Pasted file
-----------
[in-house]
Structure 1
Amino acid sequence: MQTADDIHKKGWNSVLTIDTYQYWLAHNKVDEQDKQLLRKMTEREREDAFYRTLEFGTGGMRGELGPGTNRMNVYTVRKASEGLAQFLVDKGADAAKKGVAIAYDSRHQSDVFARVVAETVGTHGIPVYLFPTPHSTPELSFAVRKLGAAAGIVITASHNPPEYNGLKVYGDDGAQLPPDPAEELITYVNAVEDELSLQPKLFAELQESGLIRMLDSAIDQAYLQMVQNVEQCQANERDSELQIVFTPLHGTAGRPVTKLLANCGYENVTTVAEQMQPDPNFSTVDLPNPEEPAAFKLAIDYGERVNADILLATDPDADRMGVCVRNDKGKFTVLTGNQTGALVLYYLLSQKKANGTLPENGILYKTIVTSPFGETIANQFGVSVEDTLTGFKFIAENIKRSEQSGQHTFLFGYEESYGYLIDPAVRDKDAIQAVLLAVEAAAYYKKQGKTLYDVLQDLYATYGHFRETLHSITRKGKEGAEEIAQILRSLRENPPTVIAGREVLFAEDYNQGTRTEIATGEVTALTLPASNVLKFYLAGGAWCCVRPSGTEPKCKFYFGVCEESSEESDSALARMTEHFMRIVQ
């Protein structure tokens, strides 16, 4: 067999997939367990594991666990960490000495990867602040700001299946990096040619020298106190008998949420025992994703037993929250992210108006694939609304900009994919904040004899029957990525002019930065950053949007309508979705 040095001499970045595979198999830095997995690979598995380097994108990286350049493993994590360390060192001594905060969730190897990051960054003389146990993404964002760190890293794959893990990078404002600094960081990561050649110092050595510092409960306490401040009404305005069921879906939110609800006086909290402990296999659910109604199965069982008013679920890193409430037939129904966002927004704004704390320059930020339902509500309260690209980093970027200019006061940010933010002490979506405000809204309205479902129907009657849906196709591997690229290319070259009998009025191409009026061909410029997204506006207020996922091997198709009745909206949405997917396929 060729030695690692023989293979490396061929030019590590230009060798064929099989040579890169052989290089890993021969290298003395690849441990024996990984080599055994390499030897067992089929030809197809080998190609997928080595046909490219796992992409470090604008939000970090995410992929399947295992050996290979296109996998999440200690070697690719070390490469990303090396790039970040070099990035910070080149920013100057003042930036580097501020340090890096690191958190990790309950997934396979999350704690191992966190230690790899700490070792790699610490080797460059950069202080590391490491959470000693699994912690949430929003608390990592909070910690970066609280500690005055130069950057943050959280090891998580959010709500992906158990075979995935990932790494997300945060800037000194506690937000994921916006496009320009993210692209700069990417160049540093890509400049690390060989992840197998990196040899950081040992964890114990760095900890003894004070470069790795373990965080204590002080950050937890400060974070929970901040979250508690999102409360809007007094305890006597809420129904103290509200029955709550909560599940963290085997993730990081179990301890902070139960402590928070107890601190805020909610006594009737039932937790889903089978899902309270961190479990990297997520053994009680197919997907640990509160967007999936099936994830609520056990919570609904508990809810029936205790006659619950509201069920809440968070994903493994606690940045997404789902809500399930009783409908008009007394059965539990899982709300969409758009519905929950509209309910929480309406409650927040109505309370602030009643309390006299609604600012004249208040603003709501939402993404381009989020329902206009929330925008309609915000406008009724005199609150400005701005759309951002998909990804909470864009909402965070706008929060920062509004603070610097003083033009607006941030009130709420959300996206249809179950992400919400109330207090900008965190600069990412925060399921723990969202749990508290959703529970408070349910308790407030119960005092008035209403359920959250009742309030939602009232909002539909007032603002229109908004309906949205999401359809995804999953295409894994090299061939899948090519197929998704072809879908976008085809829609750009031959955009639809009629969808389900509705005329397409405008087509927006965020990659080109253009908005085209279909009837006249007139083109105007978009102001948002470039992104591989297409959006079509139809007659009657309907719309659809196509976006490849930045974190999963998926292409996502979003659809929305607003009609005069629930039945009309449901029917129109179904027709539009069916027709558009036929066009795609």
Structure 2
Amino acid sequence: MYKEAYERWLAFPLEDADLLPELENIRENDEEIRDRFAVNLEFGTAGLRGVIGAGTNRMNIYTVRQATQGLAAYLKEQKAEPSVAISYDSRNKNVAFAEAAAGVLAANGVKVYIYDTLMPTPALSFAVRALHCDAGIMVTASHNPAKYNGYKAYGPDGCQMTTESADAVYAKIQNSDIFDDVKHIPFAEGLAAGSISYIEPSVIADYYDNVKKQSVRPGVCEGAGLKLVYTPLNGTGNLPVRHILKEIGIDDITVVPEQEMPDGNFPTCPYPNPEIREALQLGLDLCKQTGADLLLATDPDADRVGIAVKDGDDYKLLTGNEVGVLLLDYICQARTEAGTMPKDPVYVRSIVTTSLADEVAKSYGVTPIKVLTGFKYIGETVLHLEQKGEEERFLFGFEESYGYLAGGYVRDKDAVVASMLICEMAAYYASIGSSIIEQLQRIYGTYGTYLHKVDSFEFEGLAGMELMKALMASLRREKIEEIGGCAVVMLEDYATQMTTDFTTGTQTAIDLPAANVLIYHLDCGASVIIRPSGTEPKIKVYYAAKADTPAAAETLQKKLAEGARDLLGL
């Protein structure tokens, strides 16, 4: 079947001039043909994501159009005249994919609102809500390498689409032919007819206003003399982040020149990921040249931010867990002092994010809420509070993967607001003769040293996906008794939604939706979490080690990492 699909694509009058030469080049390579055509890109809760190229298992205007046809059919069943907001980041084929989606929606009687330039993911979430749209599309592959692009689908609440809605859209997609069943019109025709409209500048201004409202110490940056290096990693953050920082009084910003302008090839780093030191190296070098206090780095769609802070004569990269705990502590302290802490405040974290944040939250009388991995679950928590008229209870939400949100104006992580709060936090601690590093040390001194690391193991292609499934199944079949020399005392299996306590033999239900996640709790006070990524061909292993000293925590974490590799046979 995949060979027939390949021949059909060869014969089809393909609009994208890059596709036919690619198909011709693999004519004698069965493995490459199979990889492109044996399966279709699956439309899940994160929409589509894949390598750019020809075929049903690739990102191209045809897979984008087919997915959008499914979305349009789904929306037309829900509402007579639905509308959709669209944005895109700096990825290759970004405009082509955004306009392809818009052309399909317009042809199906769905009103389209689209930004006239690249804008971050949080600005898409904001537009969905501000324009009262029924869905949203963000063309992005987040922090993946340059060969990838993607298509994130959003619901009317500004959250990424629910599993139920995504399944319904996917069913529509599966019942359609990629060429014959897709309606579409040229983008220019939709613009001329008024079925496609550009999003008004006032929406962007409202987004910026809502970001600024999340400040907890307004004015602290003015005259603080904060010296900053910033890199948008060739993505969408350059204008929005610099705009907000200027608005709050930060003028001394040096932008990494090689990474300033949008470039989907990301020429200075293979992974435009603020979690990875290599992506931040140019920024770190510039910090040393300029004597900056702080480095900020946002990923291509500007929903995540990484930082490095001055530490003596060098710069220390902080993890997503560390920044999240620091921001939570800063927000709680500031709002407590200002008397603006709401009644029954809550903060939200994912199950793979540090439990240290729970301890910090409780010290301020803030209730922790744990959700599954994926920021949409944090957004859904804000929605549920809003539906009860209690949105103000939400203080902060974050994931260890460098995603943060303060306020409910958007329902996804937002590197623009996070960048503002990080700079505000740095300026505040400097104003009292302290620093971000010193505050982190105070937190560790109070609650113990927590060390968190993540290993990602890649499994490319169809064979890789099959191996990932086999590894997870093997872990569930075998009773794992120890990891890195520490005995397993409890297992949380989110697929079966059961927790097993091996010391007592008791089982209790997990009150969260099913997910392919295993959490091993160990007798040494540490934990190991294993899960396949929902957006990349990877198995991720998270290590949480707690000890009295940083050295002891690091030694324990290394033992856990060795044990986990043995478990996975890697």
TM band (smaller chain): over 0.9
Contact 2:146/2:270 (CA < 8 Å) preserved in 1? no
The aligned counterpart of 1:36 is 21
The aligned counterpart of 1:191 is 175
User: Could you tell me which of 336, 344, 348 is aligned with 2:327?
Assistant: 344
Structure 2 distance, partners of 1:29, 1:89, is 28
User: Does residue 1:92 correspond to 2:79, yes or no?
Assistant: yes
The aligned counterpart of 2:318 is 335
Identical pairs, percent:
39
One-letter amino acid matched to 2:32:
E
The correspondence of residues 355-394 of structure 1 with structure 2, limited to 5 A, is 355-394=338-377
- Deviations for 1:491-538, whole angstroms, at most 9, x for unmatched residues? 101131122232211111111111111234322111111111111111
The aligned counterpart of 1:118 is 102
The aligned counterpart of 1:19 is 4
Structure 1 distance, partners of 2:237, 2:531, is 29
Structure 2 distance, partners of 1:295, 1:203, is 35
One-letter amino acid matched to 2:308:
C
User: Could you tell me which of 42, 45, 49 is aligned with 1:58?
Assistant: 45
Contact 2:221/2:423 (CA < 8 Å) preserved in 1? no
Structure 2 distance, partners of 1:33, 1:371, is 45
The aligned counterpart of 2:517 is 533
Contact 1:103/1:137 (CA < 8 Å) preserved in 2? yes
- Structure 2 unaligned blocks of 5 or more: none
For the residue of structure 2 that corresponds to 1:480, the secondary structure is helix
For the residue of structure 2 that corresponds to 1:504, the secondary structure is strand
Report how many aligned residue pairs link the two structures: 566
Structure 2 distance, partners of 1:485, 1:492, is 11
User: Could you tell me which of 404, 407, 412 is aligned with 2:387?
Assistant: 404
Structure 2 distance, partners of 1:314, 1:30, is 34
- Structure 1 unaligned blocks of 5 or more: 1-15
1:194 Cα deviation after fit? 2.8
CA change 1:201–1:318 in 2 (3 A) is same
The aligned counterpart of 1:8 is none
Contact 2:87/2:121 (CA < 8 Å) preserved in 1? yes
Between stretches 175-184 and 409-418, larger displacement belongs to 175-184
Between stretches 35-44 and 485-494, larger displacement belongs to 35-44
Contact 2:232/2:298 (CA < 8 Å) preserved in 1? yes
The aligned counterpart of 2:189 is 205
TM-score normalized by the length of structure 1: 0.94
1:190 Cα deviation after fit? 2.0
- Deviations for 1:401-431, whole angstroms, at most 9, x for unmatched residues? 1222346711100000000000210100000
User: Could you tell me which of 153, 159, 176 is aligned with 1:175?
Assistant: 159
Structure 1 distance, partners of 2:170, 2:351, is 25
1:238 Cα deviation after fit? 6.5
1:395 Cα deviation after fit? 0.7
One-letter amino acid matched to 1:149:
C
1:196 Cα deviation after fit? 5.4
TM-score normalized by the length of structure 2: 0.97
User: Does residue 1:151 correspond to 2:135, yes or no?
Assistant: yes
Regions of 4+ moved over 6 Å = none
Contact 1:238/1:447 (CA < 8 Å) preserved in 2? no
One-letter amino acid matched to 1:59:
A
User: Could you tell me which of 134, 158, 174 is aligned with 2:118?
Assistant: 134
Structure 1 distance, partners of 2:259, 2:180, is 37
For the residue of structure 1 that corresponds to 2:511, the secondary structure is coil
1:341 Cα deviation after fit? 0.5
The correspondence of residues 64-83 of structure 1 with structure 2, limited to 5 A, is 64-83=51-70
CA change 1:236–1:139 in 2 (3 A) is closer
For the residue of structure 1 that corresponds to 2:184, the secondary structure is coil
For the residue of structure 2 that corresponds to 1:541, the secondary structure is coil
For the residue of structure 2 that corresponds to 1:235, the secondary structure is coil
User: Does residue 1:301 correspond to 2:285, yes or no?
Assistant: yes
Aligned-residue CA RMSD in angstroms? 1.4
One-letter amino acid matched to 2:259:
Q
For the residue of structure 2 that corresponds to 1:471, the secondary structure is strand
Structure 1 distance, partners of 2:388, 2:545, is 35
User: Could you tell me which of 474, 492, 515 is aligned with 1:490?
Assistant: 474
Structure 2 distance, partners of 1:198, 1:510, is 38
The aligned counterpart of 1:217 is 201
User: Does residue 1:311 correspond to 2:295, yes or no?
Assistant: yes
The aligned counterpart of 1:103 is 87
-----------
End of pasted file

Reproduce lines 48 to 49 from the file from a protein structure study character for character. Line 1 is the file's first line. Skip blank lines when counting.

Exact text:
Contact 2:87/2:121 (CA < 8 Å) preserved in 1? yes
Between stretches 175-184 and 409-418, larger displacement belongs to 175-184